Wednesday, March 28, 2012

U.S. apology for NATO strike not good enough, Pakistan

Pakistan's foreign minister says an apology by the U.S. government for the NATO airstrike that killed 24 Pakistani soldiers would not satisfy the Pakistani government, and the attack demanded a reassessment of Islamabad's partnership with the United States. "The incident was grave enough for an apology not to be good enough," said Foreign Minster Hina Rabbani Khar in a wide-ranging interview with CNN at her home in Islamabad.

"This did require a complete relook at the terms of engagement with the United States of America."

In November, U.S.-Pakistan relations plunged to an all-time low when NATO fighter jets attacked a Pakistani checkpoint near the Afghan border, killing 24 Pakistani soldiers. The U.S. government expressed regret over the incident but not issue a direct apology. The NATO airstrike was the latest in a string of incidents that increased tensions between Islamabad and Washington, including the killing of two Pakistani men by a CIA contractor and the U.S. decision to raid Osama bin Laden's compound in Pakistan without notifying Pakistani authorities.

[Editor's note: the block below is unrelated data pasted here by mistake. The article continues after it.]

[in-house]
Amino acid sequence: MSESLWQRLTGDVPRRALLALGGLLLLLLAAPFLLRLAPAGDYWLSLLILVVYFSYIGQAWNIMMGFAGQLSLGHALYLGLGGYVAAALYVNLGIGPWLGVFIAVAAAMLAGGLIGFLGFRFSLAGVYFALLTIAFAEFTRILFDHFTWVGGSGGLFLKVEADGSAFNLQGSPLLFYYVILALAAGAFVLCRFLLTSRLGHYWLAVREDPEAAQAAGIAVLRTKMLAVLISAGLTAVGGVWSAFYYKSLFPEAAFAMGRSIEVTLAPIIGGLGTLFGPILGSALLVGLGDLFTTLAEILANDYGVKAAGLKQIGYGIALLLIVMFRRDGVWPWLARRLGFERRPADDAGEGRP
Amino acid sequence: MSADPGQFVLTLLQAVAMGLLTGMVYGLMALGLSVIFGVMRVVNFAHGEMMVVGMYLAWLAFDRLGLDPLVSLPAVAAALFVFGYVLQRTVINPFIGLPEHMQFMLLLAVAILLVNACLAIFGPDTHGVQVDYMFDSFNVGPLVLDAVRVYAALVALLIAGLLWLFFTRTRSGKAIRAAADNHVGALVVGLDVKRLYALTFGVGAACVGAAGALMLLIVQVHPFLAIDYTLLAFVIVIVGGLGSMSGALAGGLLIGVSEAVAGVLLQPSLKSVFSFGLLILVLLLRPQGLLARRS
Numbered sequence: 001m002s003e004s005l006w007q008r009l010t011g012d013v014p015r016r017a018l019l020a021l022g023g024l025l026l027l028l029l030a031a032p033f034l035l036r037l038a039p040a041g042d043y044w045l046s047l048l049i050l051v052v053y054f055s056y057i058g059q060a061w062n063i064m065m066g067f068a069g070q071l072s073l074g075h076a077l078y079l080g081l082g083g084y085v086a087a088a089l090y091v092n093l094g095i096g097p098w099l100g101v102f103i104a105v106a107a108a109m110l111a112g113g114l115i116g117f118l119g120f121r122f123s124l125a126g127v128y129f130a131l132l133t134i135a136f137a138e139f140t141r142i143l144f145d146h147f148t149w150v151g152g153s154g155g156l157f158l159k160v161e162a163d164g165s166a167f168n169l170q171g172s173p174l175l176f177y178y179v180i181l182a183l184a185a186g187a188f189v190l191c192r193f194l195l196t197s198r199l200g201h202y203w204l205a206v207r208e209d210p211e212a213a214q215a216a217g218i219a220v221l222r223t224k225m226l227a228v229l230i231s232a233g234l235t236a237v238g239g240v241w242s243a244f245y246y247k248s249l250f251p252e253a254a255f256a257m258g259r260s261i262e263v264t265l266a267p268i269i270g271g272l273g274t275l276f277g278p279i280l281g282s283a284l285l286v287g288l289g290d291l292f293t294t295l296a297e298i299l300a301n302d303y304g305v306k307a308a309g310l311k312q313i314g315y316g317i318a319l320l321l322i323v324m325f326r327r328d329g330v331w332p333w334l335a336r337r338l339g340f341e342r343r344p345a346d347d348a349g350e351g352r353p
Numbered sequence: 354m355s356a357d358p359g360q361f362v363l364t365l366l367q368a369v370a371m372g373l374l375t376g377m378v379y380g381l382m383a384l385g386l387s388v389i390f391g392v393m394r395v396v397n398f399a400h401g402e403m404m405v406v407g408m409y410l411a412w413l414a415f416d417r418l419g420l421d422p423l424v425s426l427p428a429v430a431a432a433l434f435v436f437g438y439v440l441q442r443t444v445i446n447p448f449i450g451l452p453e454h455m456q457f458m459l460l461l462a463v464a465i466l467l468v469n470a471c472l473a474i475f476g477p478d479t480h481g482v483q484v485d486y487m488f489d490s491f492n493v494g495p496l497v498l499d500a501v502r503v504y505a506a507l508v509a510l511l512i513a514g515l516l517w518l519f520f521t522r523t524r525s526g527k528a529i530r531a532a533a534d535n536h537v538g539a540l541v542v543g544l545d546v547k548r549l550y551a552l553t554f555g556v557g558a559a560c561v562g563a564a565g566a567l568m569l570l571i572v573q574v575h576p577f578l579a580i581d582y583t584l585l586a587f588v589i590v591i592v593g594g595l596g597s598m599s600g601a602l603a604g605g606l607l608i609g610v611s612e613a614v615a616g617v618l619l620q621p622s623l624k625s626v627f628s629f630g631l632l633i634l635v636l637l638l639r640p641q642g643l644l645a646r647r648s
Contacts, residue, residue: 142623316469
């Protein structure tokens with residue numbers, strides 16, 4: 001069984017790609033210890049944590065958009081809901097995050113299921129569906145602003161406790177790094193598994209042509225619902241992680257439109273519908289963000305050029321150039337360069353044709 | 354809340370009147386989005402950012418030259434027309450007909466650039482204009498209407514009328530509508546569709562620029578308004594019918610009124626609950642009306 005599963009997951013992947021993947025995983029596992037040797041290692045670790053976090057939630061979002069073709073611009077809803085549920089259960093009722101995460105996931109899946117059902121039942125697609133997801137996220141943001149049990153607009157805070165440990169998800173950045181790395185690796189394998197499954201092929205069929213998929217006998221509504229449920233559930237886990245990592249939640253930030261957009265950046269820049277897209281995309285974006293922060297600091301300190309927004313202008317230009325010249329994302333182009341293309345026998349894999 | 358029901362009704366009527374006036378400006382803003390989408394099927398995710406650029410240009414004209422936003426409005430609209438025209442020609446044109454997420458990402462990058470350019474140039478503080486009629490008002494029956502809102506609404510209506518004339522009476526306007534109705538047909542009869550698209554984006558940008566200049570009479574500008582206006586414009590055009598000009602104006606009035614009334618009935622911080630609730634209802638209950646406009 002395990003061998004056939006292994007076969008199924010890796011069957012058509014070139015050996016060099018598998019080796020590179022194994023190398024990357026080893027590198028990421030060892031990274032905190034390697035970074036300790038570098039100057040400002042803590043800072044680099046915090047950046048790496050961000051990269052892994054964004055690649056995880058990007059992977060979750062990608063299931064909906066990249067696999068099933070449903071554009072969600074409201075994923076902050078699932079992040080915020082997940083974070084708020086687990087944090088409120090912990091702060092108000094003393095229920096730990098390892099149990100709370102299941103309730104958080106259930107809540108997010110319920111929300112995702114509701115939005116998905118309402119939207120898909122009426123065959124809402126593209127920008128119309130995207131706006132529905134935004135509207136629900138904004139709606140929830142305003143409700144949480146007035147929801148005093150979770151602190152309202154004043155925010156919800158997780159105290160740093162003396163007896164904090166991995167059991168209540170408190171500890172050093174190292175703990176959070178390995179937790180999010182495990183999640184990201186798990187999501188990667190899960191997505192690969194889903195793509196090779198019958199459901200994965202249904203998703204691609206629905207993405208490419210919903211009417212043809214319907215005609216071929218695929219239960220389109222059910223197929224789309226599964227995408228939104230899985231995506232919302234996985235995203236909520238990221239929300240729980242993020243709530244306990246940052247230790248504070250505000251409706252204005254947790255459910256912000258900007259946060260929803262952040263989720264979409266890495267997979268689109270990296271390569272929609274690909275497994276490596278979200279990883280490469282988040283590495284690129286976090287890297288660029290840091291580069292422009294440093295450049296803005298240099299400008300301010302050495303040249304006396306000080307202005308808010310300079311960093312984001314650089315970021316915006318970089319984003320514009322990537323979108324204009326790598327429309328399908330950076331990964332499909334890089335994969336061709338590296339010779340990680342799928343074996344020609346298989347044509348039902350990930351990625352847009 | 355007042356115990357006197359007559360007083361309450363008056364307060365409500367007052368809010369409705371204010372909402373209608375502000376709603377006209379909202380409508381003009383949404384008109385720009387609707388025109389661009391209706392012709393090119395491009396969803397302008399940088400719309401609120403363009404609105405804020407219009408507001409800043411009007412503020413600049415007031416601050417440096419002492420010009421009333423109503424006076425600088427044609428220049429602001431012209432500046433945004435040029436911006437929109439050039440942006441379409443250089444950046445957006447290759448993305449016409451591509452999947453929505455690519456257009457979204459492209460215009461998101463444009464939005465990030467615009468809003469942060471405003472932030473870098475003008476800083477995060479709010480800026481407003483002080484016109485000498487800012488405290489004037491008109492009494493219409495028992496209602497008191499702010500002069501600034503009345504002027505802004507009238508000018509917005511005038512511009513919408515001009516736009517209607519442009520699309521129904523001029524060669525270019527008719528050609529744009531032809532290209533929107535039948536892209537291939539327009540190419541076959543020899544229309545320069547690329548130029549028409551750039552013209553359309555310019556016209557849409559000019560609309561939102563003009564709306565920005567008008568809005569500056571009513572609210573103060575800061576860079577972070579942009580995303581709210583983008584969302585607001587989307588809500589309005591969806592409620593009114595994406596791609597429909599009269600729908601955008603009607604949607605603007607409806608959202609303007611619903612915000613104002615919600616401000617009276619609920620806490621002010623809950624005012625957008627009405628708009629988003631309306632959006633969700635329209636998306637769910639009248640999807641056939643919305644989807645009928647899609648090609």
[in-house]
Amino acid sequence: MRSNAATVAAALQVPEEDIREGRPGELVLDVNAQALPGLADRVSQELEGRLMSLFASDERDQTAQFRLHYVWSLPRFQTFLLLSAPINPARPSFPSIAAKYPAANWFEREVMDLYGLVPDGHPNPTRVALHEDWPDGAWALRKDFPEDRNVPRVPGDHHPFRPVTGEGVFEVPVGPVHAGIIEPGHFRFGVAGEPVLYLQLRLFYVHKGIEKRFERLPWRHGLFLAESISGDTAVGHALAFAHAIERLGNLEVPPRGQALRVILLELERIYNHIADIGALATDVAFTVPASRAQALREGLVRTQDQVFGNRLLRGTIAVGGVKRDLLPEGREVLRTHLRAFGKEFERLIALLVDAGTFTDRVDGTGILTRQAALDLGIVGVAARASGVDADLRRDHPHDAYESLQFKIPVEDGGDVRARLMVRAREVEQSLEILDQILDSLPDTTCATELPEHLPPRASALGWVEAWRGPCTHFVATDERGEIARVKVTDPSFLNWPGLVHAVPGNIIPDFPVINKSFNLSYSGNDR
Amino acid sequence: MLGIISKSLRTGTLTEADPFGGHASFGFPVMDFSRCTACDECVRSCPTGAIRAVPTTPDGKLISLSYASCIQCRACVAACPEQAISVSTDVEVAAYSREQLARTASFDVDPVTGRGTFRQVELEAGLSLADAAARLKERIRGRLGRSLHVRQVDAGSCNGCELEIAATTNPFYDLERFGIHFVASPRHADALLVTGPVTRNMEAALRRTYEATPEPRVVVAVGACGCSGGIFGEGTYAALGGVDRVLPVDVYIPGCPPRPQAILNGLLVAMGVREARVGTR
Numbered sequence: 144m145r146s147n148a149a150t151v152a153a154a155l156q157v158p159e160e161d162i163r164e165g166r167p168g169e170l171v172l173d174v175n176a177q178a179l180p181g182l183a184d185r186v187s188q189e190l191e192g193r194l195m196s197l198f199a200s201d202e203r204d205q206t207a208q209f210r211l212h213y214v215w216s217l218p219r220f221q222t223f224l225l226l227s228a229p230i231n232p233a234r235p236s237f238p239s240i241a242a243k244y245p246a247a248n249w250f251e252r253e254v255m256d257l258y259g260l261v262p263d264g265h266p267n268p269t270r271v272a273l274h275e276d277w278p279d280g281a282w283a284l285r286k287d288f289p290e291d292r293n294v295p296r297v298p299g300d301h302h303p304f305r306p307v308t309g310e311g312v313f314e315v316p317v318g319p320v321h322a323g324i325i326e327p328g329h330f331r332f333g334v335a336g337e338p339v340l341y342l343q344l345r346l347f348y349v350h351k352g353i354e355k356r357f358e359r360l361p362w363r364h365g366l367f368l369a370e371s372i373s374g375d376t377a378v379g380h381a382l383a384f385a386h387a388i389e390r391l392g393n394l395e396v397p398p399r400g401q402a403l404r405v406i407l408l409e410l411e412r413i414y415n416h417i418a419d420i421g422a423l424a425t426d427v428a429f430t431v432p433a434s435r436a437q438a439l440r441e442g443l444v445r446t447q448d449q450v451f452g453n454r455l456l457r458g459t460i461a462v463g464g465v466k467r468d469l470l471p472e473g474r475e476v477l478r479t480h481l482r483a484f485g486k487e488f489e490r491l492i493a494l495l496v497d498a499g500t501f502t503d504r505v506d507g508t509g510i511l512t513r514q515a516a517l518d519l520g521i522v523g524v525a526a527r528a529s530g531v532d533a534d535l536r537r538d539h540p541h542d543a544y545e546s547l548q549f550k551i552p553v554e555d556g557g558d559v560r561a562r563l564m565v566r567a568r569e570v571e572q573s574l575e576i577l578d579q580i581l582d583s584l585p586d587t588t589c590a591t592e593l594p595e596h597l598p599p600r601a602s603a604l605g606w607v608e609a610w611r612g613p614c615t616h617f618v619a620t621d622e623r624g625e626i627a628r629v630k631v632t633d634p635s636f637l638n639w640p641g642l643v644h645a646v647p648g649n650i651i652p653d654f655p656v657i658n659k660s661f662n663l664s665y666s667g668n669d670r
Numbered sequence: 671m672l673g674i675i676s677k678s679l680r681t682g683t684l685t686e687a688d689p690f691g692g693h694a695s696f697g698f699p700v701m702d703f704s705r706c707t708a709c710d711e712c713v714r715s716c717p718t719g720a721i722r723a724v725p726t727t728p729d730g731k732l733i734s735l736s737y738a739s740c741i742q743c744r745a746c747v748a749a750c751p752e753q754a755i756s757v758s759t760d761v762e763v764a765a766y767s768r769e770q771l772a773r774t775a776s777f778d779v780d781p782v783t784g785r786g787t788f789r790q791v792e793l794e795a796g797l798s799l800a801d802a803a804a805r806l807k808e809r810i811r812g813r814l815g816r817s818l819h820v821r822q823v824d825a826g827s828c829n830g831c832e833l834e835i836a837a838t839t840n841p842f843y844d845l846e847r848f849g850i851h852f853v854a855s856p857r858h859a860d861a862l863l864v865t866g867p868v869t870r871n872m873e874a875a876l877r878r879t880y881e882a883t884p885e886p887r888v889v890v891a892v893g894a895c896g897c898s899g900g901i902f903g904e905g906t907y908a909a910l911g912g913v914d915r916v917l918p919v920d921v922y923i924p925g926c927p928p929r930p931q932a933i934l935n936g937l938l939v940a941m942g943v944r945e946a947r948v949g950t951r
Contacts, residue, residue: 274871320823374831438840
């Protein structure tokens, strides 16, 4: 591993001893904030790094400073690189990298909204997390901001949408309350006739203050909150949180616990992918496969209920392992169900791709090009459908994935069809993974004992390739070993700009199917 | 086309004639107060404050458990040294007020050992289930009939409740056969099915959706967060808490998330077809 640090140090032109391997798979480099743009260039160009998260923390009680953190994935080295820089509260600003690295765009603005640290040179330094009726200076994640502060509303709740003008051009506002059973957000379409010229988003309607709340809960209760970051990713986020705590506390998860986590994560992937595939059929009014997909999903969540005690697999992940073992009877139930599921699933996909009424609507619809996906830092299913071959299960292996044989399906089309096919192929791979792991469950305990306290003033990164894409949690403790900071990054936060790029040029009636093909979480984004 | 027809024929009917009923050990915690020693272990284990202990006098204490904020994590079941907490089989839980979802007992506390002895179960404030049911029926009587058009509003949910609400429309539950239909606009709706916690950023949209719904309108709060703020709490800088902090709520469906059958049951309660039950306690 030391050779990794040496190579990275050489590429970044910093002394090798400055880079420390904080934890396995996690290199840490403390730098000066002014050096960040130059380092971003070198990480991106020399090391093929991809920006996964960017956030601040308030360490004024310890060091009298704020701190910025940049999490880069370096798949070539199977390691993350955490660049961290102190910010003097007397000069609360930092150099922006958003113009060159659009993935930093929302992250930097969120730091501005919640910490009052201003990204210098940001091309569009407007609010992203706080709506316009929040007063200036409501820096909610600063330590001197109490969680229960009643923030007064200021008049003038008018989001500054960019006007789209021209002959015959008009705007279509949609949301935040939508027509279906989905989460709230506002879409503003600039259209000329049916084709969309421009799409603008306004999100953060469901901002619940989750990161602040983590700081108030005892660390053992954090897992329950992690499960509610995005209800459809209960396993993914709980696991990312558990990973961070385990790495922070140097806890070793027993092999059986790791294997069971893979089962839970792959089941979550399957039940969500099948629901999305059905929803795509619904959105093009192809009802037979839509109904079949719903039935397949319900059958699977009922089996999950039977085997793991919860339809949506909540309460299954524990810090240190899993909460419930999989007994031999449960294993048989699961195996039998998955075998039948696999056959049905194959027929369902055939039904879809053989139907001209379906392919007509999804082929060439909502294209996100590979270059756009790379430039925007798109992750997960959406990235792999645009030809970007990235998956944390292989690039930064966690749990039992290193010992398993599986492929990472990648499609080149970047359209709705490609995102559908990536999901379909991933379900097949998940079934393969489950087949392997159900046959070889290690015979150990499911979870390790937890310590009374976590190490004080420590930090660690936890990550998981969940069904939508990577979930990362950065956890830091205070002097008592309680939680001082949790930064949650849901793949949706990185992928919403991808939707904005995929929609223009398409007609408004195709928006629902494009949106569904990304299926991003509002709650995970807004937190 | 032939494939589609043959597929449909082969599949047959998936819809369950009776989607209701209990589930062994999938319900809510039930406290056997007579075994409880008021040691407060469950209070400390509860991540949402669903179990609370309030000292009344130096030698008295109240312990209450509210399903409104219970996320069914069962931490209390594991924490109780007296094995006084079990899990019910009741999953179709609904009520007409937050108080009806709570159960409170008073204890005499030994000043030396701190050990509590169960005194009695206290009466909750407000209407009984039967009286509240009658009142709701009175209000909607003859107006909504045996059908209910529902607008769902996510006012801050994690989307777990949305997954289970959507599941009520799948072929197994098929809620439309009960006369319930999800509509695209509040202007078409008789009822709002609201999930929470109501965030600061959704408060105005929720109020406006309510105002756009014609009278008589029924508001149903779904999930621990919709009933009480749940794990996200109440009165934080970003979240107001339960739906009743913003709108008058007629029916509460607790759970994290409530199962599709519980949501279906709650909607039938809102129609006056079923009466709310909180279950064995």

Washington and Kabul view Pakistan as a crucial player in the Afghan peace talks because of the perception that Islamabad maintains ties to the leadership of the Afghan Taliban.
CNN

US top commanders begin Pakistan visit, will discuss re-opening NATO supply routes

“It is the first high level meeting after Salala incident and will focus on the inquiry into the incident and improvements in Border Coordination Procedures,” the army said.
General Mattis said earlier this month that he will discuss re-opening NATO supply routes with Pakistani officials.
Testifying at a hearing of the US Senate Armed Services Committee this month, General Mattis had said that the U.S. did need ground lines through Pakistan, and that he would be meeting Pakistani officials on his trip.
Talking about Pakistan’s parliamentary review and US-Pakistan relations, General Mattis said that he remained optimistic that they would make progress in this regard.

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